After working in economic development, urban design, journalism and broadcasting André Natta, a SCAD architectural history alumnus and former District editor-in-chief, will join the 2017-2018 class of John S. Knight Journalism Fellows at Stanford University, one of the nation’s most competitive journalistic fellowships.
“Most folks don’t get a chance to follow through on the first choice for a career. I’ve been able to have two (arguably three) and enjoy them,” Natta said. “I never expected that opportunity; not in a million years.” Natta has always been drawn to economic development, urban design and journalism, and has spent his career trying to find, or create, a synthesis of these three passions.
While an undergraduate student, Natta led District, SCAD’s student newspaper, and in 2000 launched the publication’s first online edition. (The publication ceased its print edition in 2008.)
After graduation, Natta remained in Savannah, working as a programs assistant in marketing for the Savannah Development and Renewal Authority. He later moved to Birmingham, Alabama, pursuing an opportunity to work as senior Main Street coordinator for the city’s economic development organization.
It was while working in Birmingham that Natta “started to get frustrated with the apparent gaps of coverage and access to information about the districts we were charged to serve as an organization,” and decided to start his own online news site, “The Terminal,” to fill these gaps he found in Birmingham’s local coverage.
“I learned a lot while doing economic development,” Natta said, “and applied several of those lessons to how I approach journalism, but I feel as though I can help more be accomplished from writing, convening and helping to make sense of things than I ever could otherwise.”
“The Terminal” led to a string of journalistic opportunities for Natta, and this winter he applied for Standford’s John S. Knight Journalism Fellowship. The process involved multiple long-form answers to questions, a portfolio of past work, an explanation of he would use fellowship time and resources and an interview.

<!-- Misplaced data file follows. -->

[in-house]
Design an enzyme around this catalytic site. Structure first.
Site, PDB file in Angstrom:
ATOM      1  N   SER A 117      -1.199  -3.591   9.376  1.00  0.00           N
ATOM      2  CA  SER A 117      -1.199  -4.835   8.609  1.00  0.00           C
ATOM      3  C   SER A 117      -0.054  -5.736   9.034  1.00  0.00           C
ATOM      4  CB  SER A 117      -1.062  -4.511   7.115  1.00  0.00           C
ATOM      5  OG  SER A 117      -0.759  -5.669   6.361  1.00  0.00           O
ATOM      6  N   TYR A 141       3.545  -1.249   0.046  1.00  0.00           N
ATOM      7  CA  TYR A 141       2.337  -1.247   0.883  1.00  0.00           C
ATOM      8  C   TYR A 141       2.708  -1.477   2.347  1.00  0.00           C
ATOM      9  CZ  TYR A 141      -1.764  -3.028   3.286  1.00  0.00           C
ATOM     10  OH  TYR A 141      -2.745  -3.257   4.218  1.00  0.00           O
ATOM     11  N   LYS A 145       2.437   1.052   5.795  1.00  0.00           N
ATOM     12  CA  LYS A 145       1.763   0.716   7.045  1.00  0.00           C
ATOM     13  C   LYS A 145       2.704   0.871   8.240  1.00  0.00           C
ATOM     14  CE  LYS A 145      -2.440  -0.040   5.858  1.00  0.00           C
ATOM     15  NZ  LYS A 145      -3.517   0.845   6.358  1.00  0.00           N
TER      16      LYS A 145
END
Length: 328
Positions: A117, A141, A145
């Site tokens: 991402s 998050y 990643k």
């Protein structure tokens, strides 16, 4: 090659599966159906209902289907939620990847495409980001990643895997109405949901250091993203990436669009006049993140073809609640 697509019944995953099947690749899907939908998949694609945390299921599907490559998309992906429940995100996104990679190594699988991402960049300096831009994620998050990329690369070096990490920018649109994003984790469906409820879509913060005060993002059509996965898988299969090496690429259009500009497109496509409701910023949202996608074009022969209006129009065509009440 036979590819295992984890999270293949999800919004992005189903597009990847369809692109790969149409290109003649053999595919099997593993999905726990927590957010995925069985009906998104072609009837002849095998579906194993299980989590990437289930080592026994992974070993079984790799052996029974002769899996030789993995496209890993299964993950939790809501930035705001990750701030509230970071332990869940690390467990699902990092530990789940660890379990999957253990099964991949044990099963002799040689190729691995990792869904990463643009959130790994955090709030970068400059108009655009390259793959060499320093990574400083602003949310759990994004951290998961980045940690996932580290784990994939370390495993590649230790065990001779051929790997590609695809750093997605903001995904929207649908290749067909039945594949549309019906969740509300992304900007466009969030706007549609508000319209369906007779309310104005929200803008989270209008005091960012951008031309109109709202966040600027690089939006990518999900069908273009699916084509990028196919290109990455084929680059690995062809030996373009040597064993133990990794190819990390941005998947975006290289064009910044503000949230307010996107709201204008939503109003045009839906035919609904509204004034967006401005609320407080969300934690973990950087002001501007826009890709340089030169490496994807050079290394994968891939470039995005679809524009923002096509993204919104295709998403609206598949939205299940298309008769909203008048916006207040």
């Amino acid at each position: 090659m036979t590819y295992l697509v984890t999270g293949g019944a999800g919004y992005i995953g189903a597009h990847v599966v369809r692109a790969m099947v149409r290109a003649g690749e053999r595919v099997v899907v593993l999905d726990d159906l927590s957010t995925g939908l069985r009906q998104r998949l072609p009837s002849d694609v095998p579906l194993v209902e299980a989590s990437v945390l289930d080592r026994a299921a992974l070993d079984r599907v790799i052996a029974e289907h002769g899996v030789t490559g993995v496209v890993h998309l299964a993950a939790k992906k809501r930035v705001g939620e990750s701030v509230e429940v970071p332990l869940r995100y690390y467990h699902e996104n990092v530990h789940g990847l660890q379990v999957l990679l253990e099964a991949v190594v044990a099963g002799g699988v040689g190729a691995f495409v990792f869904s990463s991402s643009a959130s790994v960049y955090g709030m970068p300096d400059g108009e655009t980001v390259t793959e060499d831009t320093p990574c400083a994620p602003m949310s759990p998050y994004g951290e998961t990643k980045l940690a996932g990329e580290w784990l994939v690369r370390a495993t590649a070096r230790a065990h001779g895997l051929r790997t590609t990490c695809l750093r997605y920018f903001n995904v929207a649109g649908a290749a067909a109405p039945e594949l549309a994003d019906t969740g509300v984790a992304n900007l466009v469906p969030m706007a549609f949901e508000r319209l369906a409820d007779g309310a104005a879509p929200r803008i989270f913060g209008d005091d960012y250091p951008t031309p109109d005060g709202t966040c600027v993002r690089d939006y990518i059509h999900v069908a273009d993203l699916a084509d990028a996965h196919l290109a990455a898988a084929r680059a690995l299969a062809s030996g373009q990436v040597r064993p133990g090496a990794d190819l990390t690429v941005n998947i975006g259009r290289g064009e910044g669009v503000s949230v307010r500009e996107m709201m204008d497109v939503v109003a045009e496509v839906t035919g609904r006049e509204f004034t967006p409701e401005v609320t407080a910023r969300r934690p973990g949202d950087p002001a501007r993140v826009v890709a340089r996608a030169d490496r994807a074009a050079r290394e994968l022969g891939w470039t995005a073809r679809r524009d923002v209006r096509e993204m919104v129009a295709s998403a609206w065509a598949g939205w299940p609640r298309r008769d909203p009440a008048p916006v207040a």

“The process made me aware of how much I love doing journalism and how dedicated I am to wanting to produce better work and serve my fellow citizens,” Natta said.
Now in its 51st year, the JSK Fellowship is a 10-month program for working journalists who want to develop innovative and entrepreneurial approaches to improve the quality of news and information reaching the public.
“We support journalists who are deeply engaged in exploring solutions to the biggest challenges facing journalism,” according to the JSK website.
Natta’s research question is, “How might we better understand the potential impact of regional coverage on national dialogue?”
Natta is eager for the time to delve deeply into his research without worrying about deadlines or other unrelated concerns.
“I’m most excited about the unknown factors,” Natta said. “There are conversations with some incredibly smart people, both students and faculty, that I’m sure will happen.”
Natta has no definite plans for the conclusion of the fellowship, but hopes that his research and the time for self-discovery will reveal the next step in his career.
“I’d be especially interested in seeing how to re-imagine the connection between journalism and civic engagement, both on and offline,” Natta said. “My heart wants to return to the Southeast, specifically either Birmingham or finally finding my way back to somewhere in the Coastal Empire and Lowcountry.
“I feel like there’s an opportunity to make sense of the changing urban landscape of the South and how it may change the region, and I want to be a part of the conversations about those changes.”